Polycystic Ovary Syndrome: Symptoms, Causes, and Treatment

Polycystic ovary syndrome (PCOS) is a hormonal disorder common among women of reproductive age. Women with PCOS may have infrequent or prolonged menstrual periods or excess male hormone (androgen) levels. The ovaries may develop numerous small collections of fluid (follicles) and fail to regularly release eggs.

The exact cause of PCOS is unknown. Early diagnosis and treatment along with weight loss may reduce the risk of long-term complications such as type 2 diabetes and heart disease.

Signs and symptoms of PCOS vary. A diagnosis of PCOS is made when you experience at least two of these signs:

  • Irregular periods. Infrequent, irregular or prolonged menstrual cycles are the most common sign of PCOS. For example, you might have fewer than nine periods a year, more than 35 days between periods and abnormally heavy periods.
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PCOS treatment focuses on managing your individual concerns, such as infertility, hirsutism, acne or obesity. Specific treatment might involve lifestyle changes or medication.

Lifestyle changes

Your doctor may recommend weight loss through a low-calorie diet combined with moderate exercise activities. Even a modest reduction in your weight — for example, losing 5 percent of your body weight — might improve your condition. Losing weight may also increase the effectiveness of medications your doctor recommends for PCOS, and can help with infertility.

Medications

To regulate your menstrual cycle, your doctor might recommend:

  • Combination birth control pills. Pills that contain estrogen and progestin decrease androgen production and regulate estrogen. Regulating your hormones can lower your risk of endometrial cancer and correct abnormal bleeding, excess hair growth and acne. Instead of pills, you might use a skin patch or vaginal ring that contains a combination of estrogen and progestin.
  • Progestin therapy. Taking progestin for 10 to 14 days every one to two months can regulate your periods and protect against endometrial cancer. Progestin therapy doesn’t improve androgen levels and won’t prevent pregnancy. The progestin-only minipill or progestin-containing intrauterine device is a better choice if you also wish to avoid pregnancy.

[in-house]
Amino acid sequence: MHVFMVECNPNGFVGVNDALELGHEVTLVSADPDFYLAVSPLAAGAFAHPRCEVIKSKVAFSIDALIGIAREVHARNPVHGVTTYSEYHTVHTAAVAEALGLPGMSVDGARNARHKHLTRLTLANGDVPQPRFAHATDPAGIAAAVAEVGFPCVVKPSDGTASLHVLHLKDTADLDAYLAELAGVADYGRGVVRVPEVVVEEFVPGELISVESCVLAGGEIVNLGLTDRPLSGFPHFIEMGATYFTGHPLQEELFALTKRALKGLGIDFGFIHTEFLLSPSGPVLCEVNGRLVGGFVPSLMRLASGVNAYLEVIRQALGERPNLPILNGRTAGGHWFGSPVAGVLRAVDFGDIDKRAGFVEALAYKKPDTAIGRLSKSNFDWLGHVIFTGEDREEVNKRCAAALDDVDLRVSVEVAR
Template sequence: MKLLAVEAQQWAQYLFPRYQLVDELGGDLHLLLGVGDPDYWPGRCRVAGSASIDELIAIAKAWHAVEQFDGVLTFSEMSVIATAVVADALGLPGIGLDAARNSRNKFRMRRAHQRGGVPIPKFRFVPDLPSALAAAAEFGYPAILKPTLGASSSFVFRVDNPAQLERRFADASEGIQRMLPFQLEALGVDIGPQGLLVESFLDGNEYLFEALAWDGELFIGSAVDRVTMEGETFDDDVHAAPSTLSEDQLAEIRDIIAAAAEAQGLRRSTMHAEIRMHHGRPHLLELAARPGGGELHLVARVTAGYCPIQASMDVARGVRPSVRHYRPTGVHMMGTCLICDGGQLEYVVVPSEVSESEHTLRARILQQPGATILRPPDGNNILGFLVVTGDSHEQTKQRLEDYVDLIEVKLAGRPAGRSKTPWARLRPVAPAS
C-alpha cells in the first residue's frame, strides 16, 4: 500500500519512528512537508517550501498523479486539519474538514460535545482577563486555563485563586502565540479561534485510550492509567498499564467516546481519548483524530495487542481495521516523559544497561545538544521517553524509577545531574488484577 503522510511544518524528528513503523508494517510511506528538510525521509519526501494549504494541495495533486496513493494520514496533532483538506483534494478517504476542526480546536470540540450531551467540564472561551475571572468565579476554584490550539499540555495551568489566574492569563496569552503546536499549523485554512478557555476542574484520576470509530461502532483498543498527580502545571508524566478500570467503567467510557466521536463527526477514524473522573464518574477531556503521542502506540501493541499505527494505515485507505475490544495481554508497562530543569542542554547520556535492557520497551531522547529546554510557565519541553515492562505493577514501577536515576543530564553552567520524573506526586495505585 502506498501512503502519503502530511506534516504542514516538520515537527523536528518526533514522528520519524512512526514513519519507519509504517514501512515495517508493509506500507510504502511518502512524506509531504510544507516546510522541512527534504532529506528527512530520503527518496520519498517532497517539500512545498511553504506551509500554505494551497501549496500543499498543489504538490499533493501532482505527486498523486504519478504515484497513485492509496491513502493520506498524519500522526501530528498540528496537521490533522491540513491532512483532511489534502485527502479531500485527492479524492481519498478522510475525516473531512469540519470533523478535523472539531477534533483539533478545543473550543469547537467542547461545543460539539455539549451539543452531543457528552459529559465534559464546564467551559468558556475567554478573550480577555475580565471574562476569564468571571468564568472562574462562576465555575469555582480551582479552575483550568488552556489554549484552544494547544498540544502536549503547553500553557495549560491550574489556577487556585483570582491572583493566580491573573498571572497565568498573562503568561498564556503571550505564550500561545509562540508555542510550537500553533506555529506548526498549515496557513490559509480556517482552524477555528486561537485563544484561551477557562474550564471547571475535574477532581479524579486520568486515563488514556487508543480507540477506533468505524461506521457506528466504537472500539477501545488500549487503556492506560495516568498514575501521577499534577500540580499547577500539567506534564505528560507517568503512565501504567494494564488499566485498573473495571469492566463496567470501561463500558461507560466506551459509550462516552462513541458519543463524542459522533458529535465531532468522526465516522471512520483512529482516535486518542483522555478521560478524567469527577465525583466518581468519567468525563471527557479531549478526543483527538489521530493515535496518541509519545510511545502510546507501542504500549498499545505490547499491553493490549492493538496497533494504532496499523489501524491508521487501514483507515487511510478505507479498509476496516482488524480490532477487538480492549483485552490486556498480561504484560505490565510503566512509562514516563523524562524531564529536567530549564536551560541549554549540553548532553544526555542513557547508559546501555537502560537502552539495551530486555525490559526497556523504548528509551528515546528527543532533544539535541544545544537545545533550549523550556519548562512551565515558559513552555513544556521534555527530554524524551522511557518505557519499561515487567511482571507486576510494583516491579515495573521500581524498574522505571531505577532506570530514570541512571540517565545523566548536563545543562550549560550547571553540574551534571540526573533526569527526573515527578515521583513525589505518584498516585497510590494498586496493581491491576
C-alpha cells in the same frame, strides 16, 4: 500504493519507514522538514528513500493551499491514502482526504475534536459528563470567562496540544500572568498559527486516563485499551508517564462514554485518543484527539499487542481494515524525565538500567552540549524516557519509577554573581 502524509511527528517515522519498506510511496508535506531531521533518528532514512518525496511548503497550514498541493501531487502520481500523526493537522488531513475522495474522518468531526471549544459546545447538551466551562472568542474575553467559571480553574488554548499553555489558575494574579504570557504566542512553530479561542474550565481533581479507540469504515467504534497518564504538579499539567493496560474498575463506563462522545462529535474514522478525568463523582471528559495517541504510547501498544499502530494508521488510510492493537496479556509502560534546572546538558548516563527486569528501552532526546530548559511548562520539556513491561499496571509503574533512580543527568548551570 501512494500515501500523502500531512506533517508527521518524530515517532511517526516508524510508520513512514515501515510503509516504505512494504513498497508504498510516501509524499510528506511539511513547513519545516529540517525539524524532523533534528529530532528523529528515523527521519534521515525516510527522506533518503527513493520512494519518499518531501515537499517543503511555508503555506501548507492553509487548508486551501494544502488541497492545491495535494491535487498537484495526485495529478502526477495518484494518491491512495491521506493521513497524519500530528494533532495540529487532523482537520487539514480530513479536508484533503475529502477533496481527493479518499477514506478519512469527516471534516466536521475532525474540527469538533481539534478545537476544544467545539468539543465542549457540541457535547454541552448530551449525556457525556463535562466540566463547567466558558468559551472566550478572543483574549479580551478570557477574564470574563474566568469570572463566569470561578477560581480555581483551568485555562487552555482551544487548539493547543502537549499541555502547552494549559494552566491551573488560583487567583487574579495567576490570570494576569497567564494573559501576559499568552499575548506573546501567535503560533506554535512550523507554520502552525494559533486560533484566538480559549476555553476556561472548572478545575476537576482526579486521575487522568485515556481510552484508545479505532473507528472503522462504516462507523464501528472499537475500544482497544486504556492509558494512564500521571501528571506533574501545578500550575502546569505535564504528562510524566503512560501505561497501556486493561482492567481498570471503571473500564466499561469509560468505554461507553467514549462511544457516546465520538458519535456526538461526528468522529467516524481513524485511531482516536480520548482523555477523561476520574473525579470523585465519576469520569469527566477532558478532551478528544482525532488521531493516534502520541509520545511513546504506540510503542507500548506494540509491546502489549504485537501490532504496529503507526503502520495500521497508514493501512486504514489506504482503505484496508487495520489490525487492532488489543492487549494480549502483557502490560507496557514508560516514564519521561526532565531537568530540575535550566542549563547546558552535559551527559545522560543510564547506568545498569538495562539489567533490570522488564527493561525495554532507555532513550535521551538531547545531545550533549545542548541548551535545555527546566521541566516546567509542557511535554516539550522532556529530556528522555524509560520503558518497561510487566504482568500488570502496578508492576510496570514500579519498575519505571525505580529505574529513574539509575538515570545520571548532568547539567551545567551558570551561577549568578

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  • Excess androgen. Elevated levels of male hormone may result in physical signs, such as excess facial and body hair (hirsutism), and occasionally severe acne and male-pattern baldness.
  • Polycystic ovaries. Your ovaries might be enlarged and contain follicles that surround the eggs. As a result, the ovaries might fail to function regularly.

Your doctor might recommend:

  • A pelvic exam. The doctor visually and manually inspects your reproductive organs for masses, growths or other abnormalities.
  • Blood tests. Your blood may be analyzed to measure hormone levels. This testing can exclude possible causes of menstrual abnormalities or androgen excess that mimics PCOS. You might have additional blood testing to measure glucose tolerance and fasting cholesterol and triglyceride levels.
  • An ultrasound. Your doctor checks the appearance of your ovaries and the thickness of the lining of your uterus. A wandlike device (transducer) is placed in your vagina (transvaginal ultrasound). The transducer emits sound waves that are translated into images on a computer screen.
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